We heard a lot about some Brazilian growers doing external actions to keep psyllid populations low, especially where HLB-positive trees were still being removed. These external actions include surveying the surrounding areas and working with neighbors to either remove citrus trees (when possible) or to allow the grower to treat nearby citrus with pesticides on a monthly basis to keep psyllid populations low. Areas targeted for external actions could be up to 4 to 5 miles away from the border of the grove. Tamarixia radiata is also being released in many urban areas to suppress psyllids. One grower even went as far as saying that for every dollar he spent in external action, that it would save up to $8 in internal costs for HLB control.
In newer blocks where irrigation is present, approximately 50 to 70 percent of the nutrient requirements may be applied via the irrigation system and the balance via standard dry broadcast application to the soil surface.
When planting new acreage or renewing existing blocks, growers try to plant as large an area as possible to minimize borders. Growers are also planting trees closer together — both in-row and between rows. It is not uncommon to see new groves planted at a density of 230 to 350 trees per acre.
Just like in Florida, Brazil has PFD issues. PFD was more severe this past year due to frequent rains during bloom, similar to Florida this past spring. Some growers sprayed up to five times and up to eight or nine times at seven- to 10-day intervals when frequent rains occurred during bloom period and where groves had a history with PFD.
In areas where eradication of HLB trees has not worked in controlling infection rates, growers are instituting practices that minimize tree stress. Stress reduction is instituted in an effort to keep the trees productive as long as possible. A combination of nutrients, plant growth regulators and hormones is being studied. These tools seem to increase fruit size and yield while reducing fruit drop. Growers stressed that they must continue to apply pesticides for psyllid control as these products do not replace good psyllid management.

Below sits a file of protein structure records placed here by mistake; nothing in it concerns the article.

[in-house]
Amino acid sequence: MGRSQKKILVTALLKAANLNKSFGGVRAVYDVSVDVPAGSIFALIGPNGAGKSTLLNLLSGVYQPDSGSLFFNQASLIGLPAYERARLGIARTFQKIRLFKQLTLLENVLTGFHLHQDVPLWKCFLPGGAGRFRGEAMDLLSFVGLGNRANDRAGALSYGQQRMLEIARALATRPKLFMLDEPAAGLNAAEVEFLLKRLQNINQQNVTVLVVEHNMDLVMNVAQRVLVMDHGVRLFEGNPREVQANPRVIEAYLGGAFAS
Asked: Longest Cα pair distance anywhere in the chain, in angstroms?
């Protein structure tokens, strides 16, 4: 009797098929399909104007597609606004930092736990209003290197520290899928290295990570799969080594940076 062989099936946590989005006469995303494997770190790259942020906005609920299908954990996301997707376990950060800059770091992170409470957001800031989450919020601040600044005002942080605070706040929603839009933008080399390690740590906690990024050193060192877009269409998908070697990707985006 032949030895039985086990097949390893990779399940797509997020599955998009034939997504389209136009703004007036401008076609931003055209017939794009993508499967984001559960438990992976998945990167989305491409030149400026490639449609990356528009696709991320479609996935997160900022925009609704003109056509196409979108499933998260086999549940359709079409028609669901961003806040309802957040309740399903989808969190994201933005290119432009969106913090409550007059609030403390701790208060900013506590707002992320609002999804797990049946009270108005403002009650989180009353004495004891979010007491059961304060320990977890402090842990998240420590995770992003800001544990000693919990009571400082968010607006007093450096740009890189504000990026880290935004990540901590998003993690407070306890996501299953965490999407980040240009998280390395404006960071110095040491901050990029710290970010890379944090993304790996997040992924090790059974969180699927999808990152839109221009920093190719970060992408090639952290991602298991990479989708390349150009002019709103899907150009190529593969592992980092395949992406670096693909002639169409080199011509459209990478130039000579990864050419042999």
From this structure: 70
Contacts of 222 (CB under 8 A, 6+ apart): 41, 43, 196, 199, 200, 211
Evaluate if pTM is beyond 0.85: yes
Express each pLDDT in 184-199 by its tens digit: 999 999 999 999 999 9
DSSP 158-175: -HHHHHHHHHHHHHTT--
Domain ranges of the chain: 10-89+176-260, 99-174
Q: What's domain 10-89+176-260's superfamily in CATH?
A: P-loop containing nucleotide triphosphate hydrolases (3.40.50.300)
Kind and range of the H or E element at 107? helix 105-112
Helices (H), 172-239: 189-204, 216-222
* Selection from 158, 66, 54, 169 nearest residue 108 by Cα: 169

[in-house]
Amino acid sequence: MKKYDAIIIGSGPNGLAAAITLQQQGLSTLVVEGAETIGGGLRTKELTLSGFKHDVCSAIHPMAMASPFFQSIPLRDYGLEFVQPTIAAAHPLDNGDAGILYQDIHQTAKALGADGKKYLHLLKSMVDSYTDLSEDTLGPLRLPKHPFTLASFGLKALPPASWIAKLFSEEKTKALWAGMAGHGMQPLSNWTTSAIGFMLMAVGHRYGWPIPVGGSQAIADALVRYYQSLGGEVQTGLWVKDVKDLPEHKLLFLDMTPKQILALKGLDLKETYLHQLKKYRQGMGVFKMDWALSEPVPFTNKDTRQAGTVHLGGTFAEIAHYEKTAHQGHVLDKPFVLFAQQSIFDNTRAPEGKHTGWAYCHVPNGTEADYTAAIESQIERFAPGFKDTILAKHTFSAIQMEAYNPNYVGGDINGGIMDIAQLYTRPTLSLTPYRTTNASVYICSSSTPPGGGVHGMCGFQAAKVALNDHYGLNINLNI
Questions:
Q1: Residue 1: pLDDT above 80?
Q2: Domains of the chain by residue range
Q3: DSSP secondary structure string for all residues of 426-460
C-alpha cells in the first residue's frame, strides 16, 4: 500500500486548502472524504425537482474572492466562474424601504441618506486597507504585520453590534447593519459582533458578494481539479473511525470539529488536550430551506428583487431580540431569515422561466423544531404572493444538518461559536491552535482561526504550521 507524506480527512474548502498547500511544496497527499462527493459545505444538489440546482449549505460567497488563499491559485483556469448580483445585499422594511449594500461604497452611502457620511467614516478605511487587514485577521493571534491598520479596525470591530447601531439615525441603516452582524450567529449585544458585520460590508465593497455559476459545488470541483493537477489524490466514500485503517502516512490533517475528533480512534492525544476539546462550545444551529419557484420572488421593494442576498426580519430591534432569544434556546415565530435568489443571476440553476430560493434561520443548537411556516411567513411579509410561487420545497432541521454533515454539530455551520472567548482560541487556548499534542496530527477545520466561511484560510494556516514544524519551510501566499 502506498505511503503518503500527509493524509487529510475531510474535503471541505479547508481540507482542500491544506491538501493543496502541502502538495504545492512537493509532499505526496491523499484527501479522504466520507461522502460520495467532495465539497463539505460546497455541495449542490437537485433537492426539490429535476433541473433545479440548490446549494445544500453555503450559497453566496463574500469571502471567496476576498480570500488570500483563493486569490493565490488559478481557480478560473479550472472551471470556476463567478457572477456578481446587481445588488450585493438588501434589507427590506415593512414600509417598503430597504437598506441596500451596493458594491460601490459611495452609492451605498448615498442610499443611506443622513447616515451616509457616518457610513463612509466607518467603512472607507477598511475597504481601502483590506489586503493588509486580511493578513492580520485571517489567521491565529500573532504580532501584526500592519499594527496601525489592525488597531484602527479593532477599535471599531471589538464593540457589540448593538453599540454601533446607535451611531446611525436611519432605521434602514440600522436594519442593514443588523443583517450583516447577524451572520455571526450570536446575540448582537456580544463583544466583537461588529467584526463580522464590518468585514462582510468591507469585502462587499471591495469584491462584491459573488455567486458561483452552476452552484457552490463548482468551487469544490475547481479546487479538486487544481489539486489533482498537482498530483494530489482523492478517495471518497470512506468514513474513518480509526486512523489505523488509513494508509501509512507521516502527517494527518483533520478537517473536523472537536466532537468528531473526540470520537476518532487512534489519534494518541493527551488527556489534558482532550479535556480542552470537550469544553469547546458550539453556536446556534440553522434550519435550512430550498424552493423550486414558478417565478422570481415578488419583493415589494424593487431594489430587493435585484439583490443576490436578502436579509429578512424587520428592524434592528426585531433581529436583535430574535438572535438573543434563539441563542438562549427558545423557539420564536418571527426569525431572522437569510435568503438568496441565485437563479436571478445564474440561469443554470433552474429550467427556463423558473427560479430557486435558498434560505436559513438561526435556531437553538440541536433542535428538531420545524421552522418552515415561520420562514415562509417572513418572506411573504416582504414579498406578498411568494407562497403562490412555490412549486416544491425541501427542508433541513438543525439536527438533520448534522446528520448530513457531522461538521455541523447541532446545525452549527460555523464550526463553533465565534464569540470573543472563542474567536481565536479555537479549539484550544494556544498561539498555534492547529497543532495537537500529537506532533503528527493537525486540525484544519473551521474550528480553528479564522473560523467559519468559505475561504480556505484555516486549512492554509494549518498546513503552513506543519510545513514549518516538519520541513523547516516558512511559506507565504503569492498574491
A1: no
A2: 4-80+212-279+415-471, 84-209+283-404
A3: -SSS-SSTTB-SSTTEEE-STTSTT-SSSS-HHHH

In conclusion, the lesson learned is that with effective HLB-management programs, growers can manage HLB and remain productive and profitable. When growers establish new groves in Florida, consideration should be given to planting larger tracks of land and forming a management group that collectively works together in controlling psyllids and HLB. Planting as large an area as possible — instead of planting small blocks intermingled in areas with acreage where psyllids and HLB are not effectively controlled — may prove more successful. Managers of these new plantings should work with surrounding property owners to suppress psyllids in adjacent property, as this has been shown to work well in Brazil to reduce HLB infection rates. Remember the example about a grower who stated for every dollar spent on external actions (managing psyllids outside his property), the return can be as high as $8 in internal actions.
We, the Florida citrus industry, must aggressively look at options and programs that are working in Florida and other parts of the world that give us the best opportunity to rebuild our industry and remain competitive in the United States as well as the international market. We, the Florida citrus industry, can and will develop new strategies that will enhance our ability to manage HLB and remain profitable.
Stephen H. Futch is a University of Florida multi-county Extension agent at the Citrus Research and Education Center in Lake Alfred.